### CS 213 – DATA STRUCTURES AND ALGORITHMS

**Course Name**

CS 213: Data Structures and Algorithms (Minor)

**Year for which the review is written**

2017 – 2018 Spring

**Professor who took the course**

Prof. Abhiram Ranade

**Motivation behind the course**

The motivation for this course is learning to apply algorithms suitably to access, store and later update the data which requires quite a lot of visualisation and thinking of the various data structures thereby improving our logical thinking as well.

The course also aims to familiarise the student with fundamental data structures like arrays, binary search trees, heap trees, vectors, maps, 2-3 Trees (extension of binary trees), Tries, hash tables, undirected and directed graphs, doubly linked lists and stacks.

Various Algorithms that were introduced are merging and sorting arrays, heapsort and quicksort as advanced sorting techniques, Dijkstra’s and Bellman Ford’s shortest path algorithms, fast multipole method and insertion, deletion and accessing advanced data structures. Also, a brief application of Line Scan technique was discussed.

The above-mentioned topics are important as a building block for studying further organisational structures as it helps in understanding them more deeply. Also, the algorithms discussed are applicable in various other courses such as computer networks and the basic structure of an algorithm can always be built upon in more advanced courses such as machine learning.

**Course Content**

Introduction to Correctness and Time Complexity of algorithms Binary Search and Merge Sort Algorithms applied to arrays Storing variable length entities on the Heap Pointers and Abstract data types The string class, template classes vector and map Binary Rooted Trees, Min/Max Heap Trees Binary Search Trees and Priority Trees/Queues 2-3 Trees and Tries Structural Recursion by developing an analogy to LaTex Hash tables and Fast Multipole Method Graphs and algorithms on them such as Dijkstra’s and Bellman Ford Satisfiability problems, Breadth First and Depth First Search Introduction to Doubly Linked Lists, Stacks and Line Scan Technique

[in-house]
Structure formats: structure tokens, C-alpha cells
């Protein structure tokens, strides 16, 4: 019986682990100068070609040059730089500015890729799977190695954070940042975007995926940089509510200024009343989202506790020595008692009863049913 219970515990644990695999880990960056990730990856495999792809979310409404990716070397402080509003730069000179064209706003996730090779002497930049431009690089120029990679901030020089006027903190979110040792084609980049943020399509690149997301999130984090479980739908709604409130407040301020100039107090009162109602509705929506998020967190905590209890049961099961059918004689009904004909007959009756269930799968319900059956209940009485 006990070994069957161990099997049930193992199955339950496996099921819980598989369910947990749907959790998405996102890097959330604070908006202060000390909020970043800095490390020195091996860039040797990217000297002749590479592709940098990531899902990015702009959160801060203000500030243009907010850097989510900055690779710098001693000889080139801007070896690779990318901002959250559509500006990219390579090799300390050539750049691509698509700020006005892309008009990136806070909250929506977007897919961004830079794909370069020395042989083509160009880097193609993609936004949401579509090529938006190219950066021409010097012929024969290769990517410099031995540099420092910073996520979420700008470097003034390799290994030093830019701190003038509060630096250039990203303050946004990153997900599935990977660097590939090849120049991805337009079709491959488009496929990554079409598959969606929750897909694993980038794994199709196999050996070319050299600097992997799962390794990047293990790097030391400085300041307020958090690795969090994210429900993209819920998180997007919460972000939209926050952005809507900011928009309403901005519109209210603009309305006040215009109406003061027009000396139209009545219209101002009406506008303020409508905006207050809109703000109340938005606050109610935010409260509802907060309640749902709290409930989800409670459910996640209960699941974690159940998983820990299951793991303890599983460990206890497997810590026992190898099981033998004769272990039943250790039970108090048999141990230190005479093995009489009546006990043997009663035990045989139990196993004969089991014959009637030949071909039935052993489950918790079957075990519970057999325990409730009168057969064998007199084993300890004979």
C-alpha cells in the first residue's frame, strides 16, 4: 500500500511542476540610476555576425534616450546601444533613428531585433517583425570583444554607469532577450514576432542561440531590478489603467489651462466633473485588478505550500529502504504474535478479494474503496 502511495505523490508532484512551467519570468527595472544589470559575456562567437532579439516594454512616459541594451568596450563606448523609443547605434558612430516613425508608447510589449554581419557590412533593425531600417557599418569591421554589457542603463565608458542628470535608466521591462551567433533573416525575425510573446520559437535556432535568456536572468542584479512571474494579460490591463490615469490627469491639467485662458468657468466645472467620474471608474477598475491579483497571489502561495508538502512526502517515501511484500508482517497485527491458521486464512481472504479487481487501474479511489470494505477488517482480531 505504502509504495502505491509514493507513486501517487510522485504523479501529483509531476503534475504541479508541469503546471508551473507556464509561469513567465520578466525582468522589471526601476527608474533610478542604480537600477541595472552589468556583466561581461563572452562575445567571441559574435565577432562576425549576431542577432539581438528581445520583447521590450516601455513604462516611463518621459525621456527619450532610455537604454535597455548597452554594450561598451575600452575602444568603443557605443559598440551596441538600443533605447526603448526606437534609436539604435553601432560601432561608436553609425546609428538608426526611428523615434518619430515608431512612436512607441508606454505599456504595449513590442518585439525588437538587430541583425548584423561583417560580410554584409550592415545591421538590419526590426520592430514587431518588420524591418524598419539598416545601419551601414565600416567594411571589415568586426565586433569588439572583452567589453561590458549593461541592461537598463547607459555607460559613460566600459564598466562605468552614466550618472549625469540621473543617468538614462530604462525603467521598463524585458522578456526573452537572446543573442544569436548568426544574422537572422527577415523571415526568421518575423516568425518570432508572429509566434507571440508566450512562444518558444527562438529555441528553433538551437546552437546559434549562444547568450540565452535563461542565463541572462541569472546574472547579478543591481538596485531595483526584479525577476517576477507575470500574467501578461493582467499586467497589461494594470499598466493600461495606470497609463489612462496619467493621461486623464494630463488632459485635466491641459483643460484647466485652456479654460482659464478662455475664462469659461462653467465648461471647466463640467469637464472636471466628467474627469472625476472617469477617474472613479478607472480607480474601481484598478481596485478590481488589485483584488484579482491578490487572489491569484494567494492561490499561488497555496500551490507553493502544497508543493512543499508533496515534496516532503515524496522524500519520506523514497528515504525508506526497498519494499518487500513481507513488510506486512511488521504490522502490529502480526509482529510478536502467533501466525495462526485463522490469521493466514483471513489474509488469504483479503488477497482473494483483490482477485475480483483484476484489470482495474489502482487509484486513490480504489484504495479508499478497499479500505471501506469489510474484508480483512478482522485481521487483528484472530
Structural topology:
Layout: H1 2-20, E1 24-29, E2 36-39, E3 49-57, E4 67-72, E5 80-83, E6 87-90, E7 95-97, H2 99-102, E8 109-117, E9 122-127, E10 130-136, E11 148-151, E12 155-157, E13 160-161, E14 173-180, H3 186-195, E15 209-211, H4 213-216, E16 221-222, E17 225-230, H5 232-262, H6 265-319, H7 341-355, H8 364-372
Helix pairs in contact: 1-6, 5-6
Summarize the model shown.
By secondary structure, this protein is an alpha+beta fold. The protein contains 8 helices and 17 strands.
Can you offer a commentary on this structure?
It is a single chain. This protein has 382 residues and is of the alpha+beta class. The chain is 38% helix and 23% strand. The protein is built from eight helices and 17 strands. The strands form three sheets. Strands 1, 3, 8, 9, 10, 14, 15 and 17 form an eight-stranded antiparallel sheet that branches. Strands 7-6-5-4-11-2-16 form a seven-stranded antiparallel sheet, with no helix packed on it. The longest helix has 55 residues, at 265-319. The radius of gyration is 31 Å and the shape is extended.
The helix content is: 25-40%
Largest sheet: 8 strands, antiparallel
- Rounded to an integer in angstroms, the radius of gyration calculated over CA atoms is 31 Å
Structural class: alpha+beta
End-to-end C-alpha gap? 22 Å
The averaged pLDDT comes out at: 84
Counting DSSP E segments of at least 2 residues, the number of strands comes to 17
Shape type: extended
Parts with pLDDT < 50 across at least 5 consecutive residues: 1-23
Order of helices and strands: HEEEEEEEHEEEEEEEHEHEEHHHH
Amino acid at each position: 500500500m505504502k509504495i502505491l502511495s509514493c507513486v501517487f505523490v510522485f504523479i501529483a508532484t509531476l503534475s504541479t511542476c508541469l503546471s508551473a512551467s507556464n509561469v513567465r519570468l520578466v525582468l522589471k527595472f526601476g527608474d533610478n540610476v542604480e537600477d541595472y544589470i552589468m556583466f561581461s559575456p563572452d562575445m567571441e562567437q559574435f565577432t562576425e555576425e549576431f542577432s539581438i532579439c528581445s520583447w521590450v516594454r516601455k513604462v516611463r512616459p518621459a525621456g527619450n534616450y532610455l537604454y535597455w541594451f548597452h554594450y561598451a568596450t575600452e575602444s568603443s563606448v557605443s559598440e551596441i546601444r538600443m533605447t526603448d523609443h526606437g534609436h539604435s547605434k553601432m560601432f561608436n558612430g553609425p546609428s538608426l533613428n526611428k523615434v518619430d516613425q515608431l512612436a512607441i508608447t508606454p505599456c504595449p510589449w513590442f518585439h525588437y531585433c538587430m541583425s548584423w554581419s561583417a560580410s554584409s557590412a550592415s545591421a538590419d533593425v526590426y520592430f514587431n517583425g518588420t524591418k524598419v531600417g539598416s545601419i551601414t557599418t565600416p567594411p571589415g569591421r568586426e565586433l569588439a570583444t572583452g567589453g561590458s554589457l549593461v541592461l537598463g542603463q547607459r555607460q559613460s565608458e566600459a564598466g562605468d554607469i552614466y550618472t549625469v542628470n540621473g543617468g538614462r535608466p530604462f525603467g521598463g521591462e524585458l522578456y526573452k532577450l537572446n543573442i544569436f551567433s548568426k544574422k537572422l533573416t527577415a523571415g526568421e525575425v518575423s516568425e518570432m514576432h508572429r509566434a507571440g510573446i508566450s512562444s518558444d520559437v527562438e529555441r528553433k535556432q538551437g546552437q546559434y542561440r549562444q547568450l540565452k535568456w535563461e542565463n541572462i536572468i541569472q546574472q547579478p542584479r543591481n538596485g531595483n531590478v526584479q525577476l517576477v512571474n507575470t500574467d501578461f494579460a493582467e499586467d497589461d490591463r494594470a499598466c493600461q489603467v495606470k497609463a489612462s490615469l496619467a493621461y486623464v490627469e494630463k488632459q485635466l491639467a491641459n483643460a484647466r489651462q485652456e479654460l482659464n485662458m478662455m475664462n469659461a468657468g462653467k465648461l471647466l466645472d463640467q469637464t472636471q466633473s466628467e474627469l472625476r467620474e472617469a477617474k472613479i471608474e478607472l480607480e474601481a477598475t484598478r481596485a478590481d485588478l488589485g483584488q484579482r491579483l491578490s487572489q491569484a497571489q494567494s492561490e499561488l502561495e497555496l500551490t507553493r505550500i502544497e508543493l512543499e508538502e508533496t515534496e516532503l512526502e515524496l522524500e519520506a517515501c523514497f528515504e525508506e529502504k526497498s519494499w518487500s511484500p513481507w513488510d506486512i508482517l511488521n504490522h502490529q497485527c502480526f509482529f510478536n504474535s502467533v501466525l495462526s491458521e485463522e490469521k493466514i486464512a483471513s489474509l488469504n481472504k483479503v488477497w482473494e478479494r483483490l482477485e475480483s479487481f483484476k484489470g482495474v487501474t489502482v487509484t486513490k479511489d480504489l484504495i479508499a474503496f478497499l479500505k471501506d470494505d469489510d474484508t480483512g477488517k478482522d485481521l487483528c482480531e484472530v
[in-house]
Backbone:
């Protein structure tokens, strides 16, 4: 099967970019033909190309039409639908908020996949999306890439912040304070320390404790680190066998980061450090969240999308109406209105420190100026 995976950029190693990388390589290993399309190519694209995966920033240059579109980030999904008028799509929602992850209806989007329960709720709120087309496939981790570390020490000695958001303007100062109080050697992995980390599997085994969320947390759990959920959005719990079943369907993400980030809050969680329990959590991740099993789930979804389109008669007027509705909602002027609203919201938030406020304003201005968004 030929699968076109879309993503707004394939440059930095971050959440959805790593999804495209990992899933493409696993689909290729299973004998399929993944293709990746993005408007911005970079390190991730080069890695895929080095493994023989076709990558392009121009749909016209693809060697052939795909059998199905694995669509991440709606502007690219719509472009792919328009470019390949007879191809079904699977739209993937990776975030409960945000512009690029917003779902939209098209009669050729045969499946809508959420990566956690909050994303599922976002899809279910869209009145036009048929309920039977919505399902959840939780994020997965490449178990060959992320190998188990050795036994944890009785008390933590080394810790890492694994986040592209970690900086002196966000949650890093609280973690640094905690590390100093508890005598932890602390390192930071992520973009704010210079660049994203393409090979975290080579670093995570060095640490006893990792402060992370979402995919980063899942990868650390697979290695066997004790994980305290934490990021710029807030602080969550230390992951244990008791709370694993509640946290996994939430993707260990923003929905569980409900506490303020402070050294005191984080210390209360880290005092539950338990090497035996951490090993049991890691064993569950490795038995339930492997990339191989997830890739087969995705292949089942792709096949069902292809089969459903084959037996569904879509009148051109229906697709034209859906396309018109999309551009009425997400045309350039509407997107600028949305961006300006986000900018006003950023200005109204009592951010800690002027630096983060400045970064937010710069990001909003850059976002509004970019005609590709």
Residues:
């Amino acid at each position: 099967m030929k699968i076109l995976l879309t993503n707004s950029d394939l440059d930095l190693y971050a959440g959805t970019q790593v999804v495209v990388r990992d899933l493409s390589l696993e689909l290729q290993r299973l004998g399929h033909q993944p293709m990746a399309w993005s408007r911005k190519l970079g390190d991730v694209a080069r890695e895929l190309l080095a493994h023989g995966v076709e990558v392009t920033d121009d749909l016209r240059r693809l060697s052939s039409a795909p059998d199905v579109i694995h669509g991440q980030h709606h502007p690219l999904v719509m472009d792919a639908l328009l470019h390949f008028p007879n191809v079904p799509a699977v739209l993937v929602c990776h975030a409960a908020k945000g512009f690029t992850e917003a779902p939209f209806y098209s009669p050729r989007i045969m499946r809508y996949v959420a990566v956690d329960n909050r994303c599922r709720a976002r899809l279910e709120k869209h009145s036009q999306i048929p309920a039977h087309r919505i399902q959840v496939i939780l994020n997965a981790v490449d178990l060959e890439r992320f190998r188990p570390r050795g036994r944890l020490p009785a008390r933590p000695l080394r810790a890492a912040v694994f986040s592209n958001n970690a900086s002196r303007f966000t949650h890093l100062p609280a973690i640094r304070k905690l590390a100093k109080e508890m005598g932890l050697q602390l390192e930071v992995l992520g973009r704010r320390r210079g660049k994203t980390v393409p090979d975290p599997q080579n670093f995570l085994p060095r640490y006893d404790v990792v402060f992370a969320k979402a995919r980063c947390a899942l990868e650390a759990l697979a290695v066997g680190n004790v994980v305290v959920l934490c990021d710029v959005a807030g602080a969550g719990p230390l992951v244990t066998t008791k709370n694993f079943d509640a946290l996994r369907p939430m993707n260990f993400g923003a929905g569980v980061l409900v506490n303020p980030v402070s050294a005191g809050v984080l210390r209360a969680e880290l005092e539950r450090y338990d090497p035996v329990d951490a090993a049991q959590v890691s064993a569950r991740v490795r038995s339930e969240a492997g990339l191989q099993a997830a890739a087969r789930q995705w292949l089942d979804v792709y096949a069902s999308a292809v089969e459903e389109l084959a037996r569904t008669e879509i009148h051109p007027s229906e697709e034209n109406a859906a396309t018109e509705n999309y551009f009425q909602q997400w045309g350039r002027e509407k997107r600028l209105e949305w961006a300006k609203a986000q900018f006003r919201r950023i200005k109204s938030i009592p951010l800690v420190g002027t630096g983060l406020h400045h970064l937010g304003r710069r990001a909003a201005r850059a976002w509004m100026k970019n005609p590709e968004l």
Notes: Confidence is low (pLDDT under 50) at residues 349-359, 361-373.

**Pre-requisite**

CS101- Computer Programming and Utilization

**Feedback on lectures**

The professor demanded 80% attendance from the students. The lectures were interesting and the professor would present a problem at the beginning of a class and would develop ideas to tackle it. The professor would not give any breaks and so the student is expected to maintain his concentration for the full class. Attending classes with full concentration helped quite a lot in understanding deep ideas which the professor explained very nicely and with ease.

**Feedback on tutorials, assignments and exams**

There were 3 C++ programming assignments throughout the course. Problem sets were given for practice occasionally. Solving the assignments cleared any doubts quite effectively. Problems in the exam required a thorough understanding of the concepts as well as speed. The exams were not too scoring for the students with average hovering around 30 to 40 percent.

**Evaluation Scheme was as follows:**

Assignments: 4%

Quiz: Best 2 out of 3 : 46 %(23 % for each quiz)

End semester exam: 50%

**Grading**

Moderately Tough as can be seen from the following:

AA 5

AB 11

BB 20

BC 22

CC 26

CD 27

DD 28

FR 33

II 3

W 7

**Study Material and References**

The Professor uploaded the slides taught in class on Moodle. He also referred to the following:

An Introduction to Programming through C++ (by the professor himself) was followed for the first half of the semester including the problems in the quizzes.

For the later half of the semester mainly Algorithms By S. Dasgupta, C. H. Papadimitriou, and U. V. Vazirani was followed.

**Advanced courses that can be taken after this course**

CS218 – Design and Analysis of Algorithms

**Reviewed By:** Himanshu Pradeep Aswani (himanshuaswani123@gmail.com)